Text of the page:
(This is Neil) The following excerpt is from Merton’s short article, “Ash Wednesday,” which appeared in Worship in 1959. (If I remember correctly, it was later reprinted in Seasons of Celebration .)
It is necessary that at the beginning of this fast, the Lord should show Himself to us in His mercy. The purpose of Lent is not so much expiation, to satisfy the divine justice, as a preparation to rejoice in His love. And this preparation consists in receiving the gift of His mercy—a gift which we receive in so far as we open our hearts to it, casting out what cannot remain in the same room with mercy.
Now one of the things we must cast out first of all is fear. Fear narrows the little entrance of our heart. It shrinks up our capacity to love. It freezes up our power to give ourselves. If we were terrified of God as a terrible judge, we would not confidently await His mercy, or approach Him trustfully in prayer. Our peace, our joy in Lent are a guarantee of grace.
And in laying upon us the light cross of ashes, the Church desires to take off our shoulders all other heavy burdens—the crushing load of worry and guilt, the dead weight of our own self-love. We should not take upon ourselves a “burden” of penance and stagger into Lent as if we were Atlas, carrying the whole world on his shoulders.
Perhaps there is small likelihood of our doing so. But in any case, penance is conceived by the Church less as a burden than as a liberation. It is only a burden to those who take it up unwillingly. Love makes it light and happy. And that is another reason why Ash Wednesday is filled with the lightness of love.
In some monastic communities, monks go up to receive the ashes barefoot. Going barefoot is a joyous thing. It is good to feel the floor of the earth under your feet. It is good when the whole church is silent, filled with the hush of men walking without shoes. One wonders why we wear such things as shoes anyway. Prayer is so much more meaningful without them. It would be good to take them off in church all the time. But perhaps this might appear quixotic to those who have forgotten such very elementary satisfactions. Someone might catch cold at the mere thought of it—so let’s return to the liturgy.
Nowhere will we find more tender expressions of the divine mercy than on this day. His mercy is kind. He looks upon us “according to the multitude of Thy tender mercies.” In the introit we sing: “Thou hast mercy upon all (Misereris omnium), O Lord, and hatest none of the things which Thou hast made, overlooking the sins of men for the sake of repentance and sparing them, because Thou art the Lord our God.”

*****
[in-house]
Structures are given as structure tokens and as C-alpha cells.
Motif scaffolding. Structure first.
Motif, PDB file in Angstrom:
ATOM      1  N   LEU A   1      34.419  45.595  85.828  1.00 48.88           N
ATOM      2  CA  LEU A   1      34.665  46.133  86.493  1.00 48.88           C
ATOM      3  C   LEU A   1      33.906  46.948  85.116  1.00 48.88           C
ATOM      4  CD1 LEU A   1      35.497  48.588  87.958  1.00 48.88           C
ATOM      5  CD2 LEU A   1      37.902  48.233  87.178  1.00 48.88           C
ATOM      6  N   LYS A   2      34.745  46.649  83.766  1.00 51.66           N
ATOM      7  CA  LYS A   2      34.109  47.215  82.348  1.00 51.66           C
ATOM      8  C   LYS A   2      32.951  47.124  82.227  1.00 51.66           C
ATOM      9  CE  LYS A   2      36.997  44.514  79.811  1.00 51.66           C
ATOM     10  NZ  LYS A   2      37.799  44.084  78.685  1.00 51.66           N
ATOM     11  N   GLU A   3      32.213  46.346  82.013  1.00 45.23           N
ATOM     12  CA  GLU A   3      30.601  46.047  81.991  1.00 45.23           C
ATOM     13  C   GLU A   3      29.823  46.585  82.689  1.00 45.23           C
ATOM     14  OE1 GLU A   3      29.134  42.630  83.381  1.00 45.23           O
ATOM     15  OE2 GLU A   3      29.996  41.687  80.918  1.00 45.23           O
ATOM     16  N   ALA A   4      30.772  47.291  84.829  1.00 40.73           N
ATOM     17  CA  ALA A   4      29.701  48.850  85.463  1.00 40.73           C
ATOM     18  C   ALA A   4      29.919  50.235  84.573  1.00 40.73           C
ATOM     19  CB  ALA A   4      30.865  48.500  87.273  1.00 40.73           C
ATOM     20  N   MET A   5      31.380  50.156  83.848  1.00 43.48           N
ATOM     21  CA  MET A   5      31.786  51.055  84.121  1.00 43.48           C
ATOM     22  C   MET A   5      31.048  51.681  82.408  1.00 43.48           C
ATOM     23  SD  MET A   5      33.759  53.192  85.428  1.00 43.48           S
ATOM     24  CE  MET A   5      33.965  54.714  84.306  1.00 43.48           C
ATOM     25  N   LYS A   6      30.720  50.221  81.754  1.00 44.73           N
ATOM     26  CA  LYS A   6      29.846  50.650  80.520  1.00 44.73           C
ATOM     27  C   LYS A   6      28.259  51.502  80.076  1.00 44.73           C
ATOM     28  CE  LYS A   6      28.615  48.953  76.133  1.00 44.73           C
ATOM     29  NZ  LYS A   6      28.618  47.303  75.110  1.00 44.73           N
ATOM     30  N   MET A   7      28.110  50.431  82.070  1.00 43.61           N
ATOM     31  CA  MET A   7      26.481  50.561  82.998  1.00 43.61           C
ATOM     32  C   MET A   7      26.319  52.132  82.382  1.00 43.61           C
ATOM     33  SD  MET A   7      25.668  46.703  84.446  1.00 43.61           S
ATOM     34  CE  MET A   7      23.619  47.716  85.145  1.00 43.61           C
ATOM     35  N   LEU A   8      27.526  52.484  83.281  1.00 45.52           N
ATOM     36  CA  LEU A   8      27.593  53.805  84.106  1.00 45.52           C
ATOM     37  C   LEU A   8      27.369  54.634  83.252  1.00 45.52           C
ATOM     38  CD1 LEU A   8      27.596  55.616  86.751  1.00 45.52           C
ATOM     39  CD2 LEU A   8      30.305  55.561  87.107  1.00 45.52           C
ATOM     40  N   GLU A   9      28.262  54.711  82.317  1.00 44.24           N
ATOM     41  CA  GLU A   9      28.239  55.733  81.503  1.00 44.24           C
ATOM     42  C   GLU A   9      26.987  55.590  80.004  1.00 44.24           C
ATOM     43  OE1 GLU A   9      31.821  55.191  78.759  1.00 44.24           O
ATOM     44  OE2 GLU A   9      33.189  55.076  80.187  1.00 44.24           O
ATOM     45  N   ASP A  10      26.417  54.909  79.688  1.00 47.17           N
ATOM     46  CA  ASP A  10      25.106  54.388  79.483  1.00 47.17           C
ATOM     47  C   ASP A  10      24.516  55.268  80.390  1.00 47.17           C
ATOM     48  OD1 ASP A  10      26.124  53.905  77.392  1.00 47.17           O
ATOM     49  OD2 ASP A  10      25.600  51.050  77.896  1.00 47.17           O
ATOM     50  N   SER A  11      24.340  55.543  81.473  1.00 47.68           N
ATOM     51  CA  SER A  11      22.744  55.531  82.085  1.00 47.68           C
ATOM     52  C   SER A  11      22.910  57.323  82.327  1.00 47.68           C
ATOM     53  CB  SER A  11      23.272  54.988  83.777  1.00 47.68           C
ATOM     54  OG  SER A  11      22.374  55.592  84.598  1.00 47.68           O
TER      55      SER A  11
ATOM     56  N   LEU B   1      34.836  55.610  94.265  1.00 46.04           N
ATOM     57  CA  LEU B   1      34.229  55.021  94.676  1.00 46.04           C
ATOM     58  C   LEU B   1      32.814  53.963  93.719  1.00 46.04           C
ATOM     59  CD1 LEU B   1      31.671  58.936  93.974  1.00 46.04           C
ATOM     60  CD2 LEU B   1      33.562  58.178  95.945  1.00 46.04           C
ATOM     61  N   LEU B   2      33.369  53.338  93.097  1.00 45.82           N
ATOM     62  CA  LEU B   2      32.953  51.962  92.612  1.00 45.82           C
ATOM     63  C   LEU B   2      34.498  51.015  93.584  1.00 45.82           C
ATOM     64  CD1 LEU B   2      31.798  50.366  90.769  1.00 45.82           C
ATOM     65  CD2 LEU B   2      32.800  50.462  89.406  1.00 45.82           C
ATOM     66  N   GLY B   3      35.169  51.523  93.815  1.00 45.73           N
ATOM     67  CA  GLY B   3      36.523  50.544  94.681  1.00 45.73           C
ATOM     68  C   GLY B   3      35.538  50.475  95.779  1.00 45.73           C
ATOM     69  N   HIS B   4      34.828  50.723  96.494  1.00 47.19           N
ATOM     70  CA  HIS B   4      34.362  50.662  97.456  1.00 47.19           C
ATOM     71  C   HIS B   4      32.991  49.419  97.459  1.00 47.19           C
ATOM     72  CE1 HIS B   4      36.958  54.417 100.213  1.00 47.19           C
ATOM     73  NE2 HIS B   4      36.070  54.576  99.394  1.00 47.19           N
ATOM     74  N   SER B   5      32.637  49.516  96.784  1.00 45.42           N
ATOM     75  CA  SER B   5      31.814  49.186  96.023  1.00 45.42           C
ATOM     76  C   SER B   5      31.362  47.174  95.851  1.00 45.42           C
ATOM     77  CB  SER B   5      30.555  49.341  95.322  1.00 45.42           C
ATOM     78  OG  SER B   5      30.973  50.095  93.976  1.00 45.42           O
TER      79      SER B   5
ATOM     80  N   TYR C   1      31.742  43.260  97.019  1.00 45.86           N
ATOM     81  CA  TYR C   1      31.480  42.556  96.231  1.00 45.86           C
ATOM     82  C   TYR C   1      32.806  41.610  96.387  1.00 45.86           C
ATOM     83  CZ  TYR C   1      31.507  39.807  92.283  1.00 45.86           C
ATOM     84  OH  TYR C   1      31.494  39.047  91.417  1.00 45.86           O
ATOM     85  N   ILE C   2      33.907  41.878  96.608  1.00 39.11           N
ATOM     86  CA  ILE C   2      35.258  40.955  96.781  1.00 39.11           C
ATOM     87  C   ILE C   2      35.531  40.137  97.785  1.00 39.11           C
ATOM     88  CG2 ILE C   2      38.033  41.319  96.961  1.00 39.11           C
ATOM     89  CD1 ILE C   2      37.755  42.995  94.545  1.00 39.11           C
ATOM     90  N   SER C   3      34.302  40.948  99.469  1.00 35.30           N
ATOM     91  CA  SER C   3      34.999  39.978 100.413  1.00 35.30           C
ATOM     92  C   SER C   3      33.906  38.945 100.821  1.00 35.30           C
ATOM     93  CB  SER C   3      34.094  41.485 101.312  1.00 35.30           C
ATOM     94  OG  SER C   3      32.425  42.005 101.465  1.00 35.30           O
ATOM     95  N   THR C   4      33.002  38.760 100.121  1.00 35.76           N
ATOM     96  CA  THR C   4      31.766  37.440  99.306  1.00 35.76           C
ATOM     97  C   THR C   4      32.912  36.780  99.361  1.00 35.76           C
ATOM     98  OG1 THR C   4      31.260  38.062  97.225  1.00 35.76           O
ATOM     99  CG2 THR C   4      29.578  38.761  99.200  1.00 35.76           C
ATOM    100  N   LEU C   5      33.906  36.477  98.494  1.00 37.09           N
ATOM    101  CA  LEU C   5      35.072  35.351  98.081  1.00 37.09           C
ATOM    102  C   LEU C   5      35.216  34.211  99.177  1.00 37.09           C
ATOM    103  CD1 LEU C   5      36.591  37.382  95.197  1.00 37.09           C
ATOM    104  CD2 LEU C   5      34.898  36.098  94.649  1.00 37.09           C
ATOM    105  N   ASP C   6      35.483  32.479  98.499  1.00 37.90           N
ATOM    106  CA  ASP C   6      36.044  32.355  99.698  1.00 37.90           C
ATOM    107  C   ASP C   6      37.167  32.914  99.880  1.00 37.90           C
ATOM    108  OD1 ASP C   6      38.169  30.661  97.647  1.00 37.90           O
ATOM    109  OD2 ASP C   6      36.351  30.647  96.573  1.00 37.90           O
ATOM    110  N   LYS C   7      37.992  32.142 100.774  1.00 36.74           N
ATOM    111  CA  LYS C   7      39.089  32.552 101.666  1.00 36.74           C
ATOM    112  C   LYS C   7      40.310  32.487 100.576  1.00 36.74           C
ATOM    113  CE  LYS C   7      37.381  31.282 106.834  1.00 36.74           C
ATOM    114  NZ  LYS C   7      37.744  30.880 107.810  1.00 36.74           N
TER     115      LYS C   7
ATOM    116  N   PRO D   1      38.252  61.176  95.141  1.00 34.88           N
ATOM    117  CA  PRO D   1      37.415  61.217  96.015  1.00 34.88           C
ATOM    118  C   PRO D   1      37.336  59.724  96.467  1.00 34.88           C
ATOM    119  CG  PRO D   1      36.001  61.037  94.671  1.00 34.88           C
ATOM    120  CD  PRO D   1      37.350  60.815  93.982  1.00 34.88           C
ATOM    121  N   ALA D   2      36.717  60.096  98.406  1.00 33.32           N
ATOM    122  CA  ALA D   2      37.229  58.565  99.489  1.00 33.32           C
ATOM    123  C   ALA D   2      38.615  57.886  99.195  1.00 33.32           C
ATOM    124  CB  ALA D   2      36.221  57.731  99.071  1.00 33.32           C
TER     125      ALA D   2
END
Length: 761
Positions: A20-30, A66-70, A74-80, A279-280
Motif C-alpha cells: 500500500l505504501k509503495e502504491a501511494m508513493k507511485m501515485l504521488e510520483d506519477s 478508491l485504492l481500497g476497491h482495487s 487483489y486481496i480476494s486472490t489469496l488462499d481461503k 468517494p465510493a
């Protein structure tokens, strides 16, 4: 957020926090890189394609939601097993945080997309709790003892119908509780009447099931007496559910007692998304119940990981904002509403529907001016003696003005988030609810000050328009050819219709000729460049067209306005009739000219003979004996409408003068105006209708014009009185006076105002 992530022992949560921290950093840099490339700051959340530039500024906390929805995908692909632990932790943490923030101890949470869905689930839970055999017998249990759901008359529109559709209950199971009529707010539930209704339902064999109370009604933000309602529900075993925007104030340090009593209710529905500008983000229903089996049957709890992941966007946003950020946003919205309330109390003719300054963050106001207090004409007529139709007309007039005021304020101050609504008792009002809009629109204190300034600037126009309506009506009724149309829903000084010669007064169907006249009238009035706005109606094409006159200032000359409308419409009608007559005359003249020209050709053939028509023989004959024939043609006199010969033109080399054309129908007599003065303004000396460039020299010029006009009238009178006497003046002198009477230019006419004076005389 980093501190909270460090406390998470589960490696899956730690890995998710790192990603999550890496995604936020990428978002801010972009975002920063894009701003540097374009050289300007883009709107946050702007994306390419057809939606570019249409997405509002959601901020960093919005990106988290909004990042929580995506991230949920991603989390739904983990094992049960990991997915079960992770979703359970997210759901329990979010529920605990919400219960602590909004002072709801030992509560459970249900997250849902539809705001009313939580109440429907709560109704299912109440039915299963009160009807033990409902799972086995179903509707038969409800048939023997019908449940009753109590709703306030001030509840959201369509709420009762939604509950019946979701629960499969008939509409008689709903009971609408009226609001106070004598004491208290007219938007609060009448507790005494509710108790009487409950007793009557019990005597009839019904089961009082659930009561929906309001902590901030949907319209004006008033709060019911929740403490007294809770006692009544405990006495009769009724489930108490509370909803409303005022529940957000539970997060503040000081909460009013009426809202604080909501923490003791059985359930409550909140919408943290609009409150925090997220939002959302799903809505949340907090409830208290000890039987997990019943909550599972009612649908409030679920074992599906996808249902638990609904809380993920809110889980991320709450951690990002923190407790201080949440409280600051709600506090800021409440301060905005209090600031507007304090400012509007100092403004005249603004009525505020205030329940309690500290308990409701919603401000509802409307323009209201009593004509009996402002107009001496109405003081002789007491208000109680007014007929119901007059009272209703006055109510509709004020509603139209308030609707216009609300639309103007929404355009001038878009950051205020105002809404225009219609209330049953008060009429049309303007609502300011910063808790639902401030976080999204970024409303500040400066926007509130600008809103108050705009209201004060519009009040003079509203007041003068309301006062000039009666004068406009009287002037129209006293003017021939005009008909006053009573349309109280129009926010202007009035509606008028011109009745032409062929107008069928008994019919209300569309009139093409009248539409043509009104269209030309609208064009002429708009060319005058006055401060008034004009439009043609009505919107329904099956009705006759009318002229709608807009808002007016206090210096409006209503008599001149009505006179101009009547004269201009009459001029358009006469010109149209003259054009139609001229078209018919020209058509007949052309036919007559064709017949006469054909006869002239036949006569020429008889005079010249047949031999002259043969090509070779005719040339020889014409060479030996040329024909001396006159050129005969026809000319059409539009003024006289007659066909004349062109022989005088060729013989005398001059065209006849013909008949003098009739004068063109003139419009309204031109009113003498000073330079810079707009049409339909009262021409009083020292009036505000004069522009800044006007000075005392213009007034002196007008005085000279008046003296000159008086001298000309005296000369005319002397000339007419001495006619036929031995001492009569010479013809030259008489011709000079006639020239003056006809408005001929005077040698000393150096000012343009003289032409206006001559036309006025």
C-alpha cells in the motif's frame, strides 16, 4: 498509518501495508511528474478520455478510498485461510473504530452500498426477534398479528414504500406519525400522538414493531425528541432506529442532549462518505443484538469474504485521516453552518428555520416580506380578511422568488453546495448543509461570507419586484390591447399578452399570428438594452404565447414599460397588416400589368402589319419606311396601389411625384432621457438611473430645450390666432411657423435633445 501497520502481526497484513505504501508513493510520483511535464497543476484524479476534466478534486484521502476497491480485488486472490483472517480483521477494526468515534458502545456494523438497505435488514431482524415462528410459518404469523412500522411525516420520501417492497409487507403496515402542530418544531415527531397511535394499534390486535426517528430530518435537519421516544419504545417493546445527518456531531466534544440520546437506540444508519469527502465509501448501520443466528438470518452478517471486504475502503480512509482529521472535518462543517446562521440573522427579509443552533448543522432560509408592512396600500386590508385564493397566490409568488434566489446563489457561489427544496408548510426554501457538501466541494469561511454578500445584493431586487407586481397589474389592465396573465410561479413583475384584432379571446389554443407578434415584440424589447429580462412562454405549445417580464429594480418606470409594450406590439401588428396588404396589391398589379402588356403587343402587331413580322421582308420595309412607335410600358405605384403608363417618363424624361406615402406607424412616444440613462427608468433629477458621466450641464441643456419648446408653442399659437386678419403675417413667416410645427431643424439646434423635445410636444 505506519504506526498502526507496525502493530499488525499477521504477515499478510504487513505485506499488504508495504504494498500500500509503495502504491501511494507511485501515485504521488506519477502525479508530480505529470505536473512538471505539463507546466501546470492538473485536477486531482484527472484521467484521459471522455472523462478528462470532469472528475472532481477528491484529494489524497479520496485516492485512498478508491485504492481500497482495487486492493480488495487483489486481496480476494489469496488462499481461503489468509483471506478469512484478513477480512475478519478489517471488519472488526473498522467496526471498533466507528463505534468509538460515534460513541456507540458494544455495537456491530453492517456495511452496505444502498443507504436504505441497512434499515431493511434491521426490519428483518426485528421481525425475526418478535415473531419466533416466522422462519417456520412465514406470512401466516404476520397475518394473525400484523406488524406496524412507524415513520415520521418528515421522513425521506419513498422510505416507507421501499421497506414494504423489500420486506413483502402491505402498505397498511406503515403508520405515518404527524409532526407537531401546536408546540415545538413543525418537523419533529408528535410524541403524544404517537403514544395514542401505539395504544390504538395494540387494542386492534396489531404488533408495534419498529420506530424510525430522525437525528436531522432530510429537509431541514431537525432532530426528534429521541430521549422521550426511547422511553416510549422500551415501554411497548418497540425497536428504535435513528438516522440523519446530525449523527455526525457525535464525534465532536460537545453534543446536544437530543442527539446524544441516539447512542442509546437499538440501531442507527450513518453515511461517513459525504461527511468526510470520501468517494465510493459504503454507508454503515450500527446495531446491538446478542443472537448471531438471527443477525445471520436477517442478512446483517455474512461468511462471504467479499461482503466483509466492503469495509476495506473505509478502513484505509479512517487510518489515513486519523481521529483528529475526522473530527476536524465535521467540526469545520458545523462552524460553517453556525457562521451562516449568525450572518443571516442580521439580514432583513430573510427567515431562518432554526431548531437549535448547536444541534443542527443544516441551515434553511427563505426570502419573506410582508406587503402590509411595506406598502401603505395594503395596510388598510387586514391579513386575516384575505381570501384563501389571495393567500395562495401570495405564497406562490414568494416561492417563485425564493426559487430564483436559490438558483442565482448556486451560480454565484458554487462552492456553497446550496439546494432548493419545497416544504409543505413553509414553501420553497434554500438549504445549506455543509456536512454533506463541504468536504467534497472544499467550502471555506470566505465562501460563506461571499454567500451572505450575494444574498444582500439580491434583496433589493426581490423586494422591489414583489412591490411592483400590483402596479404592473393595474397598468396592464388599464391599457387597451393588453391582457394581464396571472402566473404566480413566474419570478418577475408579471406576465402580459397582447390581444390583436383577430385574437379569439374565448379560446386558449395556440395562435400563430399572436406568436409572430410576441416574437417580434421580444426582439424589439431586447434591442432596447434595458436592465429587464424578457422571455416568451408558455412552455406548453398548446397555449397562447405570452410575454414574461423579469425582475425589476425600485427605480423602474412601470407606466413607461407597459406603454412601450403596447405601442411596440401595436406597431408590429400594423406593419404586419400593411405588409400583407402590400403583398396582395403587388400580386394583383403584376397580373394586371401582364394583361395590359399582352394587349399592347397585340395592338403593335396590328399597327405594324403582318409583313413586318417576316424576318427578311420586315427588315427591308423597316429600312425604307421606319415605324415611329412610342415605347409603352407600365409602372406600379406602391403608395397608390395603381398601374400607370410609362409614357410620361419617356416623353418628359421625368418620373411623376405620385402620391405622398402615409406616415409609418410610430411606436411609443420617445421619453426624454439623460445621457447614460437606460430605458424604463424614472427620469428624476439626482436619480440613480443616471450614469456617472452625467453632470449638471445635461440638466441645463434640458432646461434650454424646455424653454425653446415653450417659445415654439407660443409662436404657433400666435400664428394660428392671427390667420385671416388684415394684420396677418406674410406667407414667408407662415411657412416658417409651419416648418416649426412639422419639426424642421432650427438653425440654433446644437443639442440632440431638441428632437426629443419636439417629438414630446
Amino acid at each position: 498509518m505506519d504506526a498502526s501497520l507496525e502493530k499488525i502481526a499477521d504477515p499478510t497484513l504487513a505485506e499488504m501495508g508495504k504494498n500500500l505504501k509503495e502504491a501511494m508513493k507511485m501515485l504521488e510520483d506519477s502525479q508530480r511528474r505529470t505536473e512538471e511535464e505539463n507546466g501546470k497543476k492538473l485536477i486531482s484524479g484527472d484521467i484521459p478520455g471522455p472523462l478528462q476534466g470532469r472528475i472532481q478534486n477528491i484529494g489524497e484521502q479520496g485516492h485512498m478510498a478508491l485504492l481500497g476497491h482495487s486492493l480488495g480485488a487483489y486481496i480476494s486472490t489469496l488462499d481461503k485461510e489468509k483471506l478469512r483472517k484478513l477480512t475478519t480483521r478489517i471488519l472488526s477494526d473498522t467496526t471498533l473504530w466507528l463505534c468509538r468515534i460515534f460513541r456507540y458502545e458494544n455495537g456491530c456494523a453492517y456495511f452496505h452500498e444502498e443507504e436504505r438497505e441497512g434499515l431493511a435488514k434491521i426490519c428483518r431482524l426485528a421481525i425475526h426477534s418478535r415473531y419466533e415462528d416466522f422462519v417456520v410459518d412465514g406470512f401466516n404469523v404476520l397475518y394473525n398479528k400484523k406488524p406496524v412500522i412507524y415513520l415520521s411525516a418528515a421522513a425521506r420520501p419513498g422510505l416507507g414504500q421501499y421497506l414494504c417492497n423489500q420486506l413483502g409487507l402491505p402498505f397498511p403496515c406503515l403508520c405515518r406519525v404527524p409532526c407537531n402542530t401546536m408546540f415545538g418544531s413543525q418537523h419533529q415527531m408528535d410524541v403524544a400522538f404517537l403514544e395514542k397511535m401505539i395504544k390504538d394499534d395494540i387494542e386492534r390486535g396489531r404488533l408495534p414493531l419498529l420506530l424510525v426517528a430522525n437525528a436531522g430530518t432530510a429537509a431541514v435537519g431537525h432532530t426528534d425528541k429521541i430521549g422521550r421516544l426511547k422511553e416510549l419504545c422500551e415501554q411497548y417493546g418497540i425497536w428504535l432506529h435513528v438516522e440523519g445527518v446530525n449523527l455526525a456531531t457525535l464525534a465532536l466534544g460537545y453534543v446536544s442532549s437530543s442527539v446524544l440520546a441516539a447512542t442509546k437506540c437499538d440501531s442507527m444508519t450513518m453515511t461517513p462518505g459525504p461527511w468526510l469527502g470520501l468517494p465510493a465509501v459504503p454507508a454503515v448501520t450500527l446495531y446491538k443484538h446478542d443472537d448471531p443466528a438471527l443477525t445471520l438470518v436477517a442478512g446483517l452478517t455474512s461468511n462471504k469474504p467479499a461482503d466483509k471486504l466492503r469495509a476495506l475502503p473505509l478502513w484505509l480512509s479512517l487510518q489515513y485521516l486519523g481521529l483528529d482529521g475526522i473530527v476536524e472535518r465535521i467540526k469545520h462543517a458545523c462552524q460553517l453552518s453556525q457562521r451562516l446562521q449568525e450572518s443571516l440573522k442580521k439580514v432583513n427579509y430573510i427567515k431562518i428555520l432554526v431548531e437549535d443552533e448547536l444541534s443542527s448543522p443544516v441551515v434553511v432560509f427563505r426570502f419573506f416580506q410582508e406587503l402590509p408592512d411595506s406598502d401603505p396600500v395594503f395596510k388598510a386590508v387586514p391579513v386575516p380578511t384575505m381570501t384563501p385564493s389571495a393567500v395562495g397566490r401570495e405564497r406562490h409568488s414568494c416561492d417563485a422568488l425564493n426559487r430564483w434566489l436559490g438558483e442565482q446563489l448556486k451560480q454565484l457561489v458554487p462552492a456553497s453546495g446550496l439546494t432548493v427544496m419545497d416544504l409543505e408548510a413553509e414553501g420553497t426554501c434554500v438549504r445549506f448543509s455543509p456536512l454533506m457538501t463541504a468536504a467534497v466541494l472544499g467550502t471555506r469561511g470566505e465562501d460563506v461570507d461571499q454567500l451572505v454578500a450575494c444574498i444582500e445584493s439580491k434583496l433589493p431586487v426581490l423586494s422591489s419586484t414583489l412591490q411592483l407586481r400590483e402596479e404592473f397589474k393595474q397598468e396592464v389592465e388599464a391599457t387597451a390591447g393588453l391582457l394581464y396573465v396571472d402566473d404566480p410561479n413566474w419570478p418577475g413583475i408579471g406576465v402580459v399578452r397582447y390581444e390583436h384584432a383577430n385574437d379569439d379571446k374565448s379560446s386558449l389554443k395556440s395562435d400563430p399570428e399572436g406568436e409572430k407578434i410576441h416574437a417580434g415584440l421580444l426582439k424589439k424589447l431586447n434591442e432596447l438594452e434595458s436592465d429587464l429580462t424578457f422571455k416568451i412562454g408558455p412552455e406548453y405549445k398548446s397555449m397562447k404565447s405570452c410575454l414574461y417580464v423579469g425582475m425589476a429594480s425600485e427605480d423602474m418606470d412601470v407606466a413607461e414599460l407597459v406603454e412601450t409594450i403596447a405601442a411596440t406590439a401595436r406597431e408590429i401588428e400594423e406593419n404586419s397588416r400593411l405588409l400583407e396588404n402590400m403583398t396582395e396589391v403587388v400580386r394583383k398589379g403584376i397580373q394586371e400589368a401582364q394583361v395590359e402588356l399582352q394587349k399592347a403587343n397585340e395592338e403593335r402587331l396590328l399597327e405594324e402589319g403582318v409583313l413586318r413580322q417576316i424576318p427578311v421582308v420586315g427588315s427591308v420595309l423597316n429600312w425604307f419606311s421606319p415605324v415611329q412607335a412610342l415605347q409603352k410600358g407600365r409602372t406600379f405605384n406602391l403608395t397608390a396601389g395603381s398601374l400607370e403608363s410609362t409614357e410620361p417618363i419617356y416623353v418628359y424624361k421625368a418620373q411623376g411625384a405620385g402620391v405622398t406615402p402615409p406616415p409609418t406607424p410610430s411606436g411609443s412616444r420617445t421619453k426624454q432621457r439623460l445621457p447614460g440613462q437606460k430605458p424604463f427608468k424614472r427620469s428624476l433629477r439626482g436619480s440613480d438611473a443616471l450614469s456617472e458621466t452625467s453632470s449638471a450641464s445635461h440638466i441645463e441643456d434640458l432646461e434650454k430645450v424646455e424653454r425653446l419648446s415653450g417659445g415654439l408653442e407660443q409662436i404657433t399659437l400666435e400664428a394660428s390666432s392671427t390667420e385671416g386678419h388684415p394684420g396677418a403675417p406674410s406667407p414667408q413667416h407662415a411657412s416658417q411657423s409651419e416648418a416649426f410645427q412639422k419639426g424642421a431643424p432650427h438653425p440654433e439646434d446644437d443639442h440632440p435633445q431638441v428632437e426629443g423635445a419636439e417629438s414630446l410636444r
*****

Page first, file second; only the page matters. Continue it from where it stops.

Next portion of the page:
How good are these words of Wisdom in a time when on all sides the Lord is thought by men to be a God who hates. Those who deny Him say they do so because evil in the world could be the work only of a God that hated the world.
But even those who profess to love Him regard Him too often as a furious Father, who seeks only to punish and to revenge Himself for the evil that is done “against Him” — One who cannot abide the slightest contradiction but will immediately mark it down for retribution, and will not let a farthing of the debt go unpaid.
This is not the God, the Father of our Lord Jesus Christ, who Himself “hides” our sins (dissimulans peccata) and gets them out of sight, like a mother making quick and efficient repairs on the soiled face of a child just before entering a house where he ought to appear clean. The blessing of the ashes knows Him only as the “God who desires not the death of the sinner,” “who is moved by humiliation and appeased by satisfaction.” He is everywhere shown to us as “plenteous in mercy—multum misericors”
And from the infinite treasure of His mercies He draws forth the gift of compunction. This is a sorrow without servile fear, which is all the more deep and tender as it receives pardon from the tranquil, calm love of the merciful Lord: a love which the liturgy calls, in two untranslatable words, serenissima pietas. The God of Ash Wednesday is like a calm sea of mercy, and in Him there is no anger.